9. Robotic, laparoscopic and open surgery for gastric cancer compared on surgical, clinical and oncological outcomes: a multi-institutional chart review. A study protocol of the International study group on Minimally Invasive surgery for GASTRIc Cancer—IMIGASTRIC

    PubMed Central

    Desiderio, Jacopo; Jiang, Zhi-Wei; Nguyen, Ninh T; Zhang, Shu; Reim, Daniel; Alimoglu, Orhan; Azagra, Juan-Santiago; Yu, Pei-Wu; Coburn, Natalie G; Qi, Feng; Jackson, Patrick G; Zang, Lu; Brower, Steven T; Kurokawa, Yukinori; Facy, Olivier; Tsujimoto, Hironori; Coratti, Andrea; Annecchiarico, Mario; Bazzocchi, Francesca; Avanzolini, Andrea; Gagniere, Johan; Pezet, Denis; Cianchi, Fabio; Badii, Benedetta; Novotny, Alexander; Eren, Tunc; Leblebici, Metin; Goergen, Martine; Zhang, Ben; Zhao, Yong-Liang; Liu, Tong; Al-Refaie, Waddah; Ma, Junjun; Takiguchi, Shuji; Lequeu, Jean-Baptiste; Trastulli, Stefano; Parisi, Amilcare

    2015-01-01

    Introduction Gastric cancer represents a great challenge for healthcare providers and requires a multidisciplinary treatment approach in which surgery plays a major role. Minimally invasive surgery has been progressively developed, first with the advent of laparoscopy and recently with the spread of robotic surgery, but a number of issues are currently being debated, including the limitations in performing an effective extended lymph node dissection, the real advantages of robotic systems, the role of laparoscopy for Advanced Gastric Cancer, the reproducibility of a total intracorporeal technique and the oncological results achievable during long-term follow-up. Methods and analysis A multi-institutional international database will be established to evaluate the role of robotic, laparoscopic and open approaches in gastric cancer, comprising of information regarding surgical, clinical and oncological features. A chart review will be conducted to enter data of participants with gastric cancer, previously treated at the participating institutions. The database is the first of its kind, through an international electronic submission system and a HIPPA protected real time data repository from high volume gastric cancer centres. Ethics and dissemination This study is conducted in compliance with ethical principles originating from the Helsinki Declaration, within the guidelines of Good Clinical Practice and relevant laws/regulations. A multicentre study with a large number of patients will permit further investigation of the safety and efficacy as well as the long-term outcomes of robotic, laparoscopic and open approaches for the management of gastric cancer. Trial registration number NCT02325453; Pre-results. PMID:26482769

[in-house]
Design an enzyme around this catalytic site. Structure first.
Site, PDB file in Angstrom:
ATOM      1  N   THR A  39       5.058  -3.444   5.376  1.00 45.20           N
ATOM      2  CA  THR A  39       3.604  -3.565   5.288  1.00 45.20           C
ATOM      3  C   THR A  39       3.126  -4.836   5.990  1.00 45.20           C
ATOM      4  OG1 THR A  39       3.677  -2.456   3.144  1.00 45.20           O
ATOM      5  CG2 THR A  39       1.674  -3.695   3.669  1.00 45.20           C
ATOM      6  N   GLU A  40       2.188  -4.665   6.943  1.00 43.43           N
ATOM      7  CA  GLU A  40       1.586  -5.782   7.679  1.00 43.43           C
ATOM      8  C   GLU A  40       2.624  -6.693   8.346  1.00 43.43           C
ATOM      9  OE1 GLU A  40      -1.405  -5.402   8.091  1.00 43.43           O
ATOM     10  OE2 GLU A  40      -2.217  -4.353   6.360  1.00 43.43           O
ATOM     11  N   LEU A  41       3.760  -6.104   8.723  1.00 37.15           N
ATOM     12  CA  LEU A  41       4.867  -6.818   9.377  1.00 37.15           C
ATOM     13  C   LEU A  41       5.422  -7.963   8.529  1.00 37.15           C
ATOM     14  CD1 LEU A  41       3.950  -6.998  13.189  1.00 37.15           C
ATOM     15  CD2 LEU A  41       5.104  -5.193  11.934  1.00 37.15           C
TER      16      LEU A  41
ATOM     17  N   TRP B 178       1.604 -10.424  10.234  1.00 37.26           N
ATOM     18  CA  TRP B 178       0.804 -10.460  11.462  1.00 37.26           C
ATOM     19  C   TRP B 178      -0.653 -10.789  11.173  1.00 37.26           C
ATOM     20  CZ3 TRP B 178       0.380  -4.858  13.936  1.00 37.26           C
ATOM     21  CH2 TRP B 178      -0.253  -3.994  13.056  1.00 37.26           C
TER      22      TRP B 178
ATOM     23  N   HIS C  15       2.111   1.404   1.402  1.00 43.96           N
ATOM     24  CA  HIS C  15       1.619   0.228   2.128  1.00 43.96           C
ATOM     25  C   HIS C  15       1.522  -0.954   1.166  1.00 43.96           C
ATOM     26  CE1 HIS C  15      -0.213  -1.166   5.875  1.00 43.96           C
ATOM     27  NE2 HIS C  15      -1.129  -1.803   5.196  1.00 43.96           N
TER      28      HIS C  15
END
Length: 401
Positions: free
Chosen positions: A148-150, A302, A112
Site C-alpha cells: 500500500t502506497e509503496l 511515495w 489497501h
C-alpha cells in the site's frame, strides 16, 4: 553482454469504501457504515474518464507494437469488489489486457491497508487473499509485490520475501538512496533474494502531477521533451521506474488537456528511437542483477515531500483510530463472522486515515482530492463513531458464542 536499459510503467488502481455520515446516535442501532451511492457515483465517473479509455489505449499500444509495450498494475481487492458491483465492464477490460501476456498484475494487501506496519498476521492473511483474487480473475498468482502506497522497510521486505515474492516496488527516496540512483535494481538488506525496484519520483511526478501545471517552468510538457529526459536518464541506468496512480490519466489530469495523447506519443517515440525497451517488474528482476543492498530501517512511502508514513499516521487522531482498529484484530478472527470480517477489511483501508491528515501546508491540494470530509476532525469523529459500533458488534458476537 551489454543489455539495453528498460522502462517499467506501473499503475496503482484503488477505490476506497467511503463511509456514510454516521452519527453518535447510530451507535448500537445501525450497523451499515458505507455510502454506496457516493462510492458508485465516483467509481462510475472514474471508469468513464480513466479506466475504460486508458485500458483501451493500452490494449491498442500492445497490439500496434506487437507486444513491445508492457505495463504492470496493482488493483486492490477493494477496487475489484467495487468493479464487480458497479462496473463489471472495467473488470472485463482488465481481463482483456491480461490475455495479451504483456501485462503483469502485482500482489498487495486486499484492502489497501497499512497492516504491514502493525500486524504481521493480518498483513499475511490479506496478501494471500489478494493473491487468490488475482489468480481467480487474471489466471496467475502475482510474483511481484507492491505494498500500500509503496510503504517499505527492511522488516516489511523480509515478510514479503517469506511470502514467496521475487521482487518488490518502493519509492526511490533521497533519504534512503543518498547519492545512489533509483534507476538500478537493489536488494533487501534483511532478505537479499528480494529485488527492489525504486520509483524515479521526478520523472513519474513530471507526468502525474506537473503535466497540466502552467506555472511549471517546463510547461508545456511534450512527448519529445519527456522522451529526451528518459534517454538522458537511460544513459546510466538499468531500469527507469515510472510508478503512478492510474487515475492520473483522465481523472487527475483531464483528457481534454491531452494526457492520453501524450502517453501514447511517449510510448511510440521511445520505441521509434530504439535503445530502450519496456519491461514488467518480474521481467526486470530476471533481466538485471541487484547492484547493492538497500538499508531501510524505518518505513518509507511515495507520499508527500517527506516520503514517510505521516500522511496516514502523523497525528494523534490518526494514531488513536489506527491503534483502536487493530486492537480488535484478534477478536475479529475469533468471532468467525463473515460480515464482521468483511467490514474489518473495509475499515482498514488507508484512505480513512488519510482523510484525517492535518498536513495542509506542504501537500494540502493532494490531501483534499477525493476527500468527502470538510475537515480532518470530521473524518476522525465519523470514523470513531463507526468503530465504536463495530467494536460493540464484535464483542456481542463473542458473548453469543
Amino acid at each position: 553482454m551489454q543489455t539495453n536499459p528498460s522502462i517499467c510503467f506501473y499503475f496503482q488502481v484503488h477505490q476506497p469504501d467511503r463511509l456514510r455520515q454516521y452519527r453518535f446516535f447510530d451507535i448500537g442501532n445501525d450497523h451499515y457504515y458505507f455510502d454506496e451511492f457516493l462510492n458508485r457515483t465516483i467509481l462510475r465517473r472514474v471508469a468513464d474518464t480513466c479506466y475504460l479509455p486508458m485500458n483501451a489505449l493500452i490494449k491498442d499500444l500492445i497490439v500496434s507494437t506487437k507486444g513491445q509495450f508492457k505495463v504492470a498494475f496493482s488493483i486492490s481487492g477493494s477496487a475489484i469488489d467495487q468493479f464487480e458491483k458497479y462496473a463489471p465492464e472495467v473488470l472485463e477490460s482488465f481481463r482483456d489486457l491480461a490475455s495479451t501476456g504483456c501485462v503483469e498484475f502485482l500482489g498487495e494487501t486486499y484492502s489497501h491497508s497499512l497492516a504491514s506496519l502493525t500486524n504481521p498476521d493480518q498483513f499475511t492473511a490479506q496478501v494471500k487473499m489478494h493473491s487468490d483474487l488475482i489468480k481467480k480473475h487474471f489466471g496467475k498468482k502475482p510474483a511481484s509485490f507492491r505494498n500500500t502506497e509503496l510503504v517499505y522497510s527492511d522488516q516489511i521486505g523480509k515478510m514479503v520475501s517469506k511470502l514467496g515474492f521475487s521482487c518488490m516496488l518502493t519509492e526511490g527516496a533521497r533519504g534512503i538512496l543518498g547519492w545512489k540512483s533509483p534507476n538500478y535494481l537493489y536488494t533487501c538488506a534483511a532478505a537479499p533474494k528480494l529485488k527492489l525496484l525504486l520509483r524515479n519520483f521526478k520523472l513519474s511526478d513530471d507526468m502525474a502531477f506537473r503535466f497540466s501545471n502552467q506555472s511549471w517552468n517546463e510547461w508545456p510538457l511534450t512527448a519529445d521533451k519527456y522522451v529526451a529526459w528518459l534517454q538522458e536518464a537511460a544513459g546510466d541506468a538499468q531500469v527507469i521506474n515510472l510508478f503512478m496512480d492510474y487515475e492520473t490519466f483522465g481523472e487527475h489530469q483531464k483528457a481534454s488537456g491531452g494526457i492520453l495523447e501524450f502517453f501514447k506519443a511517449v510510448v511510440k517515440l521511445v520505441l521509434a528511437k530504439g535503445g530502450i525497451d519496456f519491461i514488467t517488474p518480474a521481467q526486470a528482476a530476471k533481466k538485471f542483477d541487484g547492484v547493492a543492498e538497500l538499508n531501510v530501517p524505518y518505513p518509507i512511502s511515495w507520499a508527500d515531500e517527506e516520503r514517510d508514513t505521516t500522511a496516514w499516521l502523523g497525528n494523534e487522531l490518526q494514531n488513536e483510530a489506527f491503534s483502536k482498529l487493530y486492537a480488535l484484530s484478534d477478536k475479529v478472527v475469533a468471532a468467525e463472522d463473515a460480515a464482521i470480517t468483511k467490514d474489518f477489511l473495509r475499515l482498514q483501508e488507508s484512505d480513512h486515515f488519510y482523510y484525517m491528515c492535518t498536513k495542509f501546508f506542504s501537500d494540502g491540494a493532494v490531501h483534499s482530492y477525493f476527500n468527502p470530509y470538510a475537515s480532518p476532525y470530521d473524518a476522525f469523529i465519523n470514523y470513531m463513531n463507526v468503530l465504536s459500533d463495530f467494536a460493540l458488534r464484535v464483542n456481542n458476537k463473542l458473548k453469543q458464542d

10. Sex work: a comparative study.

    PubMed

    McCarthy, Bill; Benoit, Cecilia; Jansson, Mikael